Better.com is starting 2023 with a product leaders there think will revolutionize the industry: a mortgage application with a one-day turnaround.
Better announced the launch of its One Day Mortgage in a press release. The company says its customers can get pre-approved, lock in a rate, and get a Mortgage Commitment Letter completely online and within 24 hours.
“We spent the first seven years bringing the mortgage industry into the digital era, and executing over $100 billion of fully digital online mortgages. Better’s offerings serve to kickstart the slow, opaque, and costly homeownership process. With One Day Mortgage, Better is revolutionizing the mortgage industry once again by empowering its customers, making it not only cheaper, but also faster and easier to own a home, all in one day,” said Better Founder and CEO Vishal Garg.
Some Better customers tried the program in beta earlier this month, and the company says it has already processed over $50 million in One Day Mortgage commitments.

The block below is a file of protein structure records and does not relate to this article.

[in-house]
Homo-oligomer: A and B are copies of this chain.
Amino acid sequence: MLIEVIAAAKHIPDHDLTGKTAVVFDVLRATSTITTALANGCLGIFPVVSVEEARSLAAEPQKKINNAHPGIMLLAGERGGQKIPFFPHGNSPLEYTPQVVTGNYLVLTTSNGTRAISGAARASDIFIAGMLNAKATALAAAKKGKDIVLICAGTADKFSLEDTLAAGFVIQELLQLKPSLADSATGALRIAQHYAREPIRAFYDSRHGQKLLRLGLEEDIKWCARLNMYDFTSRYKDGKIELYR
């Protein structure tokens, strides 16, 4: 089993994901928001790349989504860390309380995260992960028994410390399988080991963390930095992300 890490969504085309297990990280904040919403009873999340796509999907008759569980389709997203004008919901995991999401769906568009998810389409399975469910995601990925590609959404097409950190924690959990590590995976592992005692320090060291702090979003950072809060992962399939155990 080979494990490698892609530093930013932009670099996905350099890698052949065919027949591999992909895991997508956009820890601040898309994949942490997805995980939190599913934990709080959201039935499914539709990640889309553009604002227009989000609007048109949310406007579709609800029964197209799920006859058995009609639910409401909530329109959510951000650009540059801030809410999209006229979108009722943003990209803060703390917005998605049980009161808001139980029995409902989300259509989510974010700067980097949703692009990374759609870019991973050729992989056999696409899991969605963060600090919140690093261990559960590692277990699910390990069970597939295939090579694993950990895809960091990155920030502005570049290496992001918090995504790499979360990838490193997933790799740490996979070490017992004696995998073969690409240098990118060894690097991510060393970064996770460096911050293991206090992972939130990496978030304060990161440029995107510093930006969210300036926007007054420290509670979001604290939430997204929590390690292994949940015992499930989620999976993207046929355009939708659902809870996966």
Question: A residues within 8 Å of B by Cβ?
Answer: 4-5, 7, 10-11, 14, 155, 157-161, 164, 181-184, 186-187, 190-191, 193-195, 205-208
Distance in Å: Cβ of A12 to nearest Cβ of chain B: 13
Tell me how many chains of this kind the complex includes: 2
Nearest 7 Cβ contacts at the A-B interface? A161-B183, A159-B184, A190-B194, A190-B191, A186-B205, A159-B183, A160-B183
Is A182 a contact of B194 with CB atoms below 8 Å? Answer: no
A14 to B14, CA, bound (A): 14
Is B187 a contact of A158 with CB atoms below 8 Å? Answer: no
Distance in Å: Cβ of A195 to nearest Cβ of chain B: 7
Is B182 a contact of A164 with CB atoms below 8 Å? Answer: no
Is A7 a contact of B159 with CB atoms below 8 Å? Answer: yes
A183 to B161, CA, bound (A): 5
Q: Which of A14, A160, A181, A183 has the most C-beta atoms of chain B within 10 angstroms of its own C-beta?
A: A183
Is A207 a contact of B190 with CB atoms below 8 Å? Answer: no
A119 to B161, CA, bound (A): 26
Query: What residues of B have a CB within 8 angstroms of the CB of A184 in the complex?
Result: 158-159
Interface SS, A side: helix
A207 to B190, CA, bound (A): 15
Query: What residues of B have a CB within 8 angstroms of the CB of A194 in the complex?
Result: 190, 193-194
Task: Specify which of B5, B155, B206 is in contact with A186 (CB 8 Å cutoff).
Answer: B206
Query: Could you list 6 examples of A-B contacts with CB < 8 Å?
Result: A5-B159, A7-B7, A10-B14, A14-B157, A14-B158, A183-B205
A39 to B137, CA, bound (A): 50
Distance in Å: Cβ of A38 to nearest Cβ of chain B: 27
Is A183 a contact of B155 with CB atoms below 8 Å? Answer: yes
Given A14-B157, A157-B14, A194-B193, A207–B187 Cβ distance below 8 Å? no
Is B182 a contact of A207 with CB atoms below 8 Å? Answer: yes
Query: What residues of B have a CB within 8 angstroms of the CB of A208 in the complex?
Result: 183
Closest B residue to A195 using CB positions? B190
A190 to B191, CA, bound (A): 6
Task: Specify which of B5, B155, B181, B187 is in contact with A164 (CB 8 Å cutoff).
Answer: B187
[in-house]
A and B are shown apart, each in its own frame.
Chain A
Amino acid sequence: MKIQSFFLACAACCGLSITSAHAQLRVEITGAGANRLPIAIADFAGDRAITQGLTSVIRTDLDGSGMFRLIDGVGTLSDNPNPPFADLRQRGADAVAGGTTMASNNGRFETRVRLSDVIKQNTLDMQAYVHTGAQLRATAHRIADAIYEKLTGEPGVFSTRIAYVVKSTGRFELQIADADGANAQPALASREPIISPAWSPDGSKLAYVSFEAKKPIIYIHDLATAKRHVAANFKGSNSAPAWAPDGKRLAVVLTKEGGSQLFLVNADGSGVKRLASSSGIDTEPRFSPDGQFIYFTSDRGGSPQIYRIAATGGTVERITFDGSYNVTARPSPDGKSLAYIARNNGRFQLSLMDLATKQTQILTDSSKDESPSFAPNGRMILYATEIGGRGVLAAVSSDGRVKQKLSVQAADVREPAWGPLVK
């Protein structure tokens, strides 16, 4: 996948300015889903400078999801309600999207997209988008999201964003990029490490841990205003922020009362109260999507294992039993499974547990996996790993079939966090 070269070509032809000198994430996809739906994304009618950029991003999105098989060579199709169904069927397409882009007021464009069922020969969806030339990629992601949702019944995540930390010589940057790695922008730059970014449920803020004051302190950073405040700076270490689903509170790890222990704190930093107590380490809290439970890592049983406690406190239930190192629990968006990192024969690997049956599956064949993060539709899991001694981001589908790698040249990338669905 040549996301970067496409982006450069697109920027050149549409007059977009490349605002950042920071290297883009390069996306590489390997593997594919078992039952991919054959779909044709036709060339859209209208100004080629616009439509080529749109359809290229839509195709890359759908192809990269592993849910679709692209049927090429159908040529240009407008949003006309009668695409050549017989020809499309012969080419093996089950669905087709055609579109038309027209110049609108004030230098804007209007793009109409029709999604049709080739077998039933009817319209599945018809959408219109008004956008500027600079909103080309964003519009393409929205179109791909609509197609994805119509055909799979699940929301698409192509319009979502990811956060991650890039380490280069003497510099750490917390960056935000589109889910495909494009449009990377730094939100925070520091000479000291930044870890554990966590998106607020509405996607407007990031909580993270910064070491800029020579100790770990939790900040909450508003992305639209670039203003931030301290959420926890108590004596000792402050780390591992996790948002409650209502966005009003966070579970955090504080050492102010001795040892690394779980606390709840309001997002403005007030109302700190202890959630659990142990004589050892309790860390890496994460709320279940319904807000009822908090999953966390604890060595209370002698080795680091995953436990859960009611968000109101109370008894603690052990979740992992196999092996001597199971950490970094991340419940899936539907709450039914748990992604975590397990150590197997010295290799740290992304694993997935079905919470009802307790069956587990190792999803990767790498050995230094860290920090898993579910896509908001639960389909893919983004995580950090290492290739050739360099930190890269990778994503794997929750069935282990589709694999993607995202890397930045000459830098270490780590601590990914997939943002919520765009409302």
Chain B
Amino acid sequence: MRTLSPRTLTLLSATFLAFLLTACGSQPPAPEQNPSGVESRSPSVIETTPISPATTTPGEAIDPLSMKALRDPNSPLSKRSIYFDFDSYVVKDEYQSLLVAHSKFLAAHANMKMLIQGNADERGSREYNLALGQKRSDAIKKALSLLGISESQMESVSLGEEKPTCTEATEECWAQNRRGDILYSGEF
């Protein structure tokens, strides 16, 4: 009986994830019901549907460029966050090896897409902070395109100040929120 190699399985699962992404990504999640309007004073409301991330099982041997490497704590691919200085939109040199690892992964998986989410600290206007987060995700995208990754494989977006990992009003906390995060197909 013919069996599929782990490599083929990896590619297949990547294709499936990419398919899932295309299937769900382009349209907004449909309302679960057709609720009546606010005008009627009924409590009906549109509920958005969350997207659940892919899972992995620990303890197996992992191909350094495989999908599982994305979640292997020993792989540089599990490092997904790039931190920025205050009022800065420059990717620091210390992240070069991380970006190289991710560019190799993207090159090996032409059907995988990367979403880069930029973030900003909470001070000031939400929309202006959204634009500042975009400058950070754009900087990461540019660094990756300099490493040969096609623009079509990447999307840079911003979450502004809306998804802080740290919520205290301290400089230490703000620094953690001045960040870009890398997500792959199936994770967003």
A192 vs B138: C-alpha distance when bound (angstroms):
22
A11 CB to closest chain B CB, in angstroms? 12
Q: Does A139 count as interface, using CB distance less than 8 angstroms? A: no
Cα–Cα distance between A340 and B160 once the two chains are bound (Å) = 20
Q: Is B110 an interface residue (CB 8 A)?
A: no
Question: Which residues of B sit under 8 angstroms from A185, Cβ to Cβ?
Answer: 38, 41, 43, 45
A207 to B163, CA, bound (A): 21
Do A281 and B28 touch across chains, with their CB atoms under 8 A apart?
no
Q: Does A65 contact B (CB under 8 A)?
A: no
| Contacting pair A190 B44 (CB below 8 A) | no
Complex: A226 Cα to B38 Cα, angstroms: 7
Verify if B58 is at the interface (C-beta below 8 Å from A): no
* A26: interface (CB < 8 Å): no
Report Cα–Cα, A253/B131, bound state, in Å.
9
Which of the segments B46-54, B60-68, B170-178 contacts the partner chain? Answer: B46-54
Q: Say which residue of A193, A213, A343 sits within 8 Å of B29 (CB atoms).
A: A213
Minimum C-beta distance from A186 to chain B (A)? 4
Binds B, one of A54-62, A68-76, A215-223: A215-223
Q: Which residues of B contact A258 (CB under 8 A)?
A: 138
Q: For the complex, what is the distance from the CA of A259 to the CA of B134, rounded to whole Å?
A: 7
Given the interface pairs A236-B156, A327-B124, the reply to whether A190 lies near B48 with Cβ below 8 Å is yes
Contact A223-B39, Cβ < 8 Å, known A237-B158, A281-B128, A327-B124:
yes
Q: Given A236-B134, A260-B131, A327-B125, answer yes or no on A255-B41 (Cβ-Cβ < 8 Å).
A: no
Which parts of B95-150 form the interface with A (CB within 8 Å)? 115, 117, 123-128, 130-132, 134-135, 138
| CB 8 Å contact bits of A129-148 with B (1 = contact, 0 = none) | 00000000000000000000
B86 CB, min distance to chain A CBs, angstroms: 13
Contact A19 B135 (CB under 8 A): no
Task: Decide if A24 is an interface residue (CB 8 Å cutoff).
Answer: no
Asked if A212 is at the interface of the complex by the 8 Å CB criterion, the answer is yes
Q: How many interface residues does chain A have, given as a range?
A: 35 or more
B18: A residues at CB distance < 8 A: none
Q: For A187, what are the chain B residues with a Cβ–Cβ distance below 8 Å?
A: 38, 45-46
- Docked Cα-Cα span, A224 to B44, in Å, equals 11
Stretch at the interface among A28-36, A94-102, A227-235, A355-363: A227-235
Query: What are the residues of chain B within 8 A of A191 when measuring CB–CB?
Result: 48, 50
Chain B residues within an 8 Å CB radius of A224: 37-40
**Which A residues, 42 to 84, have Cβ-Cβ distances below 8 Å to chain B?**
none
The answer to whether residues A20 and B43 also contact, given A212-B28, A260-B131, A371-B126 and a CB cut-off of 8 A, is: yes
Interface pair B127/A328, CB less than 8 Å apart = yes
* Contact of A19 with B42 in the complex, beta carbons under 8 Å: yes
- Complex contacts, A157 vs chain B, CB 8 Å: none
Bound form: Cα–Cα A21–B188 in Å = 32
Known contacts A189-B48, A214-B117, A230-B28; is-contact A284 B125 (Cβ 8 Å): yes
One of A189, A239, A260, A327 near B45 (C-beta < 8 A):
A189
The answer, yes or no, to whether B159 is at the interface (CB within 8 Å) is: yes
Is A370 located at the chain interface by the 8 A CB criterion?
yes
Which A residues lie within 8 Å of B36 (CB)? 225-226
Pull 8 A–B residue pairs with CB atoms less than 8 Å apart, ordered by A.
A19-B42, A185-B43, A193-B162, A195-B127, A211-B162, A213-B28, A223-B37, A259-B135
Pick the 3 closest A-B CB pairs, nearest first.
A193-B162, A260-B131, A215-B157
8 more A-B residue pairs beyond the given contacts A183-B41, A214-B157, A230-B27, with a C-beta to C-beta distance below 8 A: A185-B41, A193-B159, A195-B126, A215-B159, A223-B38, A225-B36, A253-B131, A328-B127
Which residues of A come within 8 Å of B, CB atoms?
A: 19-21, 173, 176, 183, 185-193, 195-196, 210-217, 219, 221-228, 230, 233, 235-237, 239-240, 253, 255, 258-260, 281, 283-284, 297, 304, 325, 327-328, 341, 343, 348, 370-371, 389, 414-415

Its customers received Commitment Letters in an average of 12 hours, according to company leaders.
“For my entire career, a one-day mortgage has served as the holy grail for consumer finance companies to achieve and scale. With this launch, Better has developed its breakthrough offering,” said Harit Talwar, chairman of Better.
“This milestone will add immense value to the consumer, create a significant strategic moat for Better, and be a near impossible act for competitors to follow.”
Borrowers in all 50 states can apply for One Day Mortgages. They must be salaried employees and make a downpayment of at least 3% on a conforming Fannie Mae or Freddie Mac loan.
The decisions are conditional, however, and the initial underwriting decision does not guarantee final approval.
The move shows that Better is trying to innovate its way out of the trouble it faced in 2022.
The company suffered a year of PR trouble, starting with the now infamous layoffs of 900 employees via Zoom three weeks before Christmas in 2021.
Rumors about Garg’s “bully” behavior, including berating the company’s own investors and calling employees “dumb dolphins,” led to high-profile exec exits. Garg was forced into a leave of absence but faced backlash from employees when he returned just a few months later.
The company has also faced an SEC investigation, a lawsuit for the wrongful firing of a former executive, and multiple deadline extensions for its SPAC merger with Aurora Acquisition Corp.
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